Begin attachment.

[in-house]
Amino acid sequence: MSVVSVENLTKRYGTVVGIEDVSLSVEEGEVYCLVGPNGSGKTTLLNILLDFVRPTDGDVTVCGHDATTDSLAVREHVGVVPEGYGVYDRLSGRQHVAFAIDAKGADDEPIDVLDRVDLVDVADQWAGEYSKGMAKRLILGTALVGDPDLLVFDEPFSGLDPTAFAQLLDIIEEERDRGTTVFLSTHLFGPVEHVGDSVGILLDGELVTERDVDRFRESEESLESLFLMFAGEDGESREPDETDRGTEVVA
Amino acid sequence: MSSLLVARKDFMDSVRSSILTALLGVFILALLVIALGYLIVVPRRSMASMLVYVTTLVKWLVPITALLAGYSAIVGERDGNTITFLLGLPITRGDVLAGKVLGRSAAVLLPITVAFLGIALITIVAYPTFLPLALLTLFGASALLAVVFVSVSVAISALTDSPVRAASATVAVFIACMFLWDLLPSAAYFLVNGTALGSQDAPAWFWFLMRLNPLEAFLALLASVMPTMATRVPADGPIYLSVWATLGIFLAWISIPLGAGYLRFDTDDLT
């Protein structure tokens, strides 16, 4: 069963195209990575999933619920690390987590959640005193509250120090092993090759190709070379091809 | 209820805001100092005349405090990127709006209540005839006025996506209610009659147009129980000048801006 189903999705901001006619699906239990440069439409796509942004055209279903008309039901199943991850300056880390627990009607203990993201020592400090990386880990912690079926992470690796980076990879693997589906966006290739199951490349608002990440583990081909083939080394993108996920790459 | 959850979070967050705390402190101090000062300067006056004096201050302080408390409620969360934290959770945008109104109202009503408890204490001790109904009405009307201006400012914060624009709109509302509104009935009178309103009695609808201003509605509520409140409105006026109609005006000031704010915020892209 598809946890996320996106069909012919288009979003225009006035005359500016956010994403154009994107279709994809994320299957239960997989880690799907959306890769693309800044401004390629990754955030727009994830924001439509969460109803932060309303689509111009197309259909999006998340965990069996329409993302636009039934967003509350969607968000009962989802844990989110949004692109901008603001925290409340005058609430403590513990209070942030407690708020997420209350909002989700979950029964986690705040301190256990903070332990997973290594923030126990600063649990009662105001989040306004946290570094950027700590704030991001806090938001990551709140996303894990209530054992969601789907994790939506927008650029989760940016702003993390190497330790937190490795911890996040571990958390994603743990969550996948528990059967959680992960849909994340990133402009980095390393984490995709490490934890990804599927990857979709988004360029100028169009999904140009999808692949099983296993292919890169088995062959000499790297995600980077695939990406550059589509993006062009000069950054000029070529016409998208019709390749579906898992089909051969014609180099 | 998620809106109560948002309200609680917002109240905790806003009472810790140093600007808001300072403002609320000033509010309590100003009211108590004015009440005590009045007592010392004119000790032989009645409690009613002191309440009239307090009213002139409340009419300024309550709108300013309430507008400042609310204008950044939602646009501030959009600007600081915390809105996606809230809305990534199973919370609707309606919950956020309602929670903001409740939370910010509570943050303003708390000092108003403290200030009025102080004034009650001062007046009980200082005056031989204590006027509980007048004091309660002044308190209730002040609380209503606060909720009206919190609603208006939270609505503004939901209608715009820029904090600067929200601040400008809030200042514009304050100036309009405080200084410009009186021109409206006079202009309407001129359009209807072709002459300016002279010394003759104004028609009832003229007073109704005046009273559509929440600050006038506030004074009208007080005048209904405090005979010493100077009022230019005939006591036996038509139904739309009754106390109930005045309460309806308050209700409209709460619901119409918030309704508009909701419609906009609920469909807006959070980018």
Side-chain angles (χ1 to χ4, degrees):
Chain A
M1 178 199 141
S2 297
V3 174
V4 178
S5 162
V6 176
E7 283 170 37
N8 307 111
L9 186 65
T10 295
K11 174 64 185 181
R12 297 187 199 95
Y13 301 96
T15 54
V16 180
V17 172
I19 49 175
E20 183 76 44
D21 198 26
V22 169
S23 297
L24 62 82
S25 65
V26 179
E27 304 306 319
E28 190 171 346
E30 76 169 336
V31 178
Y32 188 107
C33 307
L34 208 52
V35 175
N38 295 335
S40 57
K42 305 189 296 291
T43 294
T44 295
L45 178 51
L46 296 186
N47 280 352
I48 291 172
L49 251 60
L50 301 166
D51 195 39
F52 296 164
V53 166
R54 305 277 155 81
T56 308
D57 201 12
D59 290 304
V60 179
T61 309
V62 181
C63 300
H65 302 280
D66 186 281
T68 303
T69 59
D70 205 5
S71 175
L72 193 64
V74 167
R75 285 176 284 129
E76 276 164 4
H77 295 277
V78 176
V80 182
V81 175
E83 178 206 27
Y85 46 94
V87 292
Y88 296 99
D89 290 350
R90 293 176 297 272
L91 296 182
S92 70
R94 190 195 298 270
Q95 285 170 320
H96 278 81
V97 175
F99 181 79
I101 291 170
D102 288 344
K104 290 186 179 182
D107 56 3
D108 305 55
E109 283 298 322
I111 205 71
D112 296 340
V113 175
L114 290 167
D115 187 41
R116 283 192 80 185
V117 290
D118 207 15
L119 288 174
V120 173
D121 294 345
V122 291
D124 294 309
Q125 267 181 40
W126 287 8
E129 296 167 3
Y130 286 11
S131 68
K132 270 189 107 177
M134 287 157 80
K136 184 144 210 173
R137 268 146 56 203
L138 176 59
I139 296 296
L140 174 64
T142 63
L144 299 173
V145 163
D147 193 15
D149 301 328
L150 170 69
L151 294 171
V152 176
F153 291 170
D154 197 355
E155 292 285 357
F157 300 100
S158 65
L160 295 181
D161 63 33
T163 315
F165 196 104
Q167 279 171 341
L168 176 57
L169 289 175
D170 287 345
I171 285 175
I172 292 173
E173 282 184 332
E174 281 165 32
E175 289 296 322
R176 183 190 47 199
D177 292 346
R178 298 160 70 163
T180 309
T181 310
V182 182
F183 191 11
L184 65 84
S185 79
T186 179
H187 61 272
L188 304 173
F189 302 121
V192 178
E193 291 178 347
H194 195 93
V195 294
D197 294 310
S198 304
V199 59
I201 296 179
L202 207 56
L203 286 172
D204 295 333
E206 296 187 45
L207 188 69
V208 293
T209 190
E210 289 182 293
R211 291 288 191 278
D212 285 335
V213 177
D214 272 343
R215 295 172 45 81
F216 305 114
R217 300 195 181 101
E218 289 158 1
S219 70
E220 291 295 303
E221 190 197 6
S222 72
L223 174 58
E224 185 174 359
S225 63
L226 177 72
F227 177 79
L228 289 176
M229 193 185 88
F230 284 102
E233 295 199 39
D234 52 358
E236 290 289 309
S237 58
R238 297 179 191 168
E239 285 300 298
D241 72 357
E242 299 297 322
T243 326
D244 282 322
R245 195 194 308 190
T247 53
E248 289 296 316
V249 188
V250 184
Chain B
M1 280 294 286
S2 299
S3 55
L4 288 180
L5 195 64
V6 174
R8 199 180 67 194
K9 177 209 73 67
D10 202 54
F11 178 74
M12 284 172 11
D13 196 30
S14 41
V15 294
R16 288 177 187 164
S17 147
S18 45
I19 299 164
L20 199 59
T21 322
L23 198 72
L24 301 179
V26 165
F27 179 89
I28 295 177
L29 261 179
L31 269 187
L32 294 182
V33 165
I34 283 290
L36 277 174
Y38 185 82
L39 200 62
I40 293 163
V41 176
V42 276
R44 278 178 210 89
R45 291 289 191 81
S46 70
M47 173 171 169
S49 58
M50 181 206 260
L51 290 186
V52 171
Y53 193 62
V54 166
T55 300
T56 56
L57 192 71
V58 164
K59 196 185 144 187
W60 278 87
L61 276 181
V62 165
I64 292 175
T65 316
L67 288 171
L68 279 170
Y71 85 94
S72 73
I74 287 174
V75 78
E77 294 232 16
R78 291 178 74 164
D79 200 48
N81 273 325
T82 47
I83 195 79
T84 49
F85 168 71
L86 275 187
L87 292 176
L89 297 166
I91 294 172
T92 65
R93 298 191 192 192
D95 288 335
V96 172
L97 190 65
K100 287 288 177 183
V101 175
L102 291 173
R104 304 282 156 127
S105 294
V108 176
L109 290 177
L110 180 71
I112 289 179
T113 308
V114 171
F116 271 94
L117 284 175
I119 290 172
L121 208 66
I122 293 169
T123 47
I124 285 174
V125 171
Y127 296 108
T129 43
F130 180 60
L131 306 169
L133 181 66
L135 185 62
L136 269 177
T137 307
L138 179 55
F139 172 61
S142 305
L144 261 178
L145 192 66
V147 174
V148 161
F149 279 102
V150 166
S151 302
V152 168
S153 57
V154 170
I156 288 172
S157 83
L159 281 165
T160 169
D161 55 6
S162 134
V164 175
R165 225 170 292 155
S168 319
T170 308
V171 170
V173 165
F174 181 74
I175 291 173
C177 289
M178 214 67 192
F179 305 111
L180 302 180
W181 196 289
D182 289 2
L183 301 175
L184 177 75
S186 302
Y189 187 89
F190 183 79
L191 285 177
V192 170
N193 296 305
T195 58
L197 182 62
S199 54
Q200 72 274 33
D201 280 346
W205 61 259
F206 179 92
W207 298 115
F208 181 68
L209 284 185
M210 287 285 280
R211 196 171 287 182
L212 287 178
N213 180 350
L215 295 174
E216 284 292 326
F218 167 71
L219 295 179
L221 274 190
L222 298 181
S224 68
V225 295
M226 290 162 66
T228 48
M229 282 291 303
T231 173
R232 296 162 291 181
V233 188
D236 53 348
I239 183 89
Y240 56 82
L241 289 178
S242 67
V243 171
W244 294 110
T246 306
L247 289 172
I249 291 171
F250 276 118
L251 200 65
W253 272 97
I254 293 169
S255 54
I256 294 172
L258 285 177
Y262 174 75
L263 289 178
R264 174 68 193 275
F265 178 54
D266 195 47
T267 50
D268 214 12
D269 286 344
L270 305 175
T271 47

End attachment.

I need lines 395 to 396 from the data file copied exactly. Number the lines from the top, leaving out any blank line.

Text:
F250 276 118
L251 200 65